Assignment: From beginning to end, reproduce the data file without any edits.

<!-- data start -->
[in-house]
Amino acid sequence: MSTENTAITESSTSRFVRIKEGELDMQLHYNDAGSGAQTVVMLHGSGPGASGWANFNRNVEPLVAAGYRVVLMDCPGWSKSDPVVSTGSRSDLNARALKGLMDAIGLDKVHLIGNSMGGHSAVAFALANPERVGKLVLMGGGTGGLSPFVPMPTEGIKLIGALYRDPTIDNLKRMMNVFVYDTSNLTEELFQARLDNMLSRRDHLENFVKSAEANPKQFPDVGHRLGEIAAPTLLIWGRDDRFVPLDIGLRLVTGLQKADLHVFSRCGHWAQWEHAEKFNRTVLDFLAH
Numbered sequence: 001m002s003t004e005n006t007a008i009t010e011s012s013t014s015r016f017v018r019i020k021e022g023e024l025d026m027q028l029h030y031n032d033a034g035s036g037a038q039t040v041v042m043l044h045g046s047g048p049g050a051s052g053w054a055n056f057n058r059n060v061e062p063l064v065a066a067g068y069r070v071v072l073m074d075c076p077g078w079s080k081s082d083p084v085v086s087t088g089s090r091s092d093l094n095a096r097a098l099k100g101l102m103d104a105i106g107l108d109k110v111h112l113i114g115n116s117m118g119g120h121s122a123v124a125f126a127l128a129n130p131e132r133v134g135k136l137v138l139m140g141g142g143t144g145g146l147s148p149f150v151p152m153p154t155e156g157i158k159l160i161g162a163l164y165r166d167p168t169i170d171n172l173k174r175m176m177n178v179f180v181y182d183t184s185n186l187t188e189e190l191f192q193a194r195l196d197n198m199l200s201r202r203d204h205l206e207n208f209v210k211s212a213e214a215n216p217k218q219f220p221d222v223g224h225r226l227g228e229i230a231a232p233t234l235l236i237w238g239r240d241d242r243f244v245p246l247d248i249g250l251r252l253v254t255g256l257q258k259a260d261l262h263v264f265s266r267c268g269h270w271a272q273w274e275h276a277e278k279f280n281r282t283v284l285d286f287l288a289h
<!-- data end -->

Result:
[in-house]
Amino acid sequence: MSTENTAITESSTSRFVRIKEGELDMQLHYNDAGSGAQTVVMLHGSGPGASGWANFNRNVEPLVAAGYRVVLMDCPGWSKSDPVVSTGSRSDLNARALKGLMDAIGLDKVHLIGNSMGGHSAVAFALANPERVGKLVLMGGGTGGLSPFVPMPTEGIKLIGALYRDPTIDNLKRMMNVFVYDTSNLTEELFQARLDNMLSRRDHLENFVKSAEANPKQFPDVGHRLGEIAAPTLLIWGRDDRFVPLDIGLRLVTGLQKADLHVFSRCGHWAQWEHAEKFNRTVLDFLAH
Numbered sequence: 001m002s003t004e005n006t007a008i009t010e011s012s013t014s015r016f017v018r019i020k021e022g023e024l025d026m027q028l029h030y031n032d033a034g035s036g037a038q039t040v041v042m043l044h045g046s047g048p049g050a051s052g053w054a055n056f057n058r059n060v061e062p063l064v065a066a067g068y069r070v071v072l073m074d075c076p077g078w079s080k081s082d083p084v085v086s087t088g089s090r091s092d093l094n095a096r097a098l099k100g101l102m103d104a105i106g107l108d109k110v111h112l113i114g115n116s117m118g119g120h121s122a123v124a125f126a127l128a129n130p131e132r133v134g135k136l137v138l139m140g141g142g143t144g145g146l147s148p149f150v151p152m153p154t155e156g157i158k159l160i161g162a163l164y165r166d167p168t169i170d171n172l173k174r175m176m177n178v179f180v181y182d183t184s185n186l187t188e189e190l191f192q193a194r195l196d197n198m199l200s201r202r203d204h205l206e207n208f209v210k211s212a213e214a215n216p217k218q219f220p221d222v223g224h225r226l227g228e229i230a231a232p233t234l235l236i237w238g239r240d241d242r243f244v245p246l247d248i249g250l251r252l253v254t255g256l257q258k259a260d261l262h263v264f265s266r267c268g269h270w271a272q273w274e275h276a277e278k279f280n281r282t283v284l285d286f287l288a289h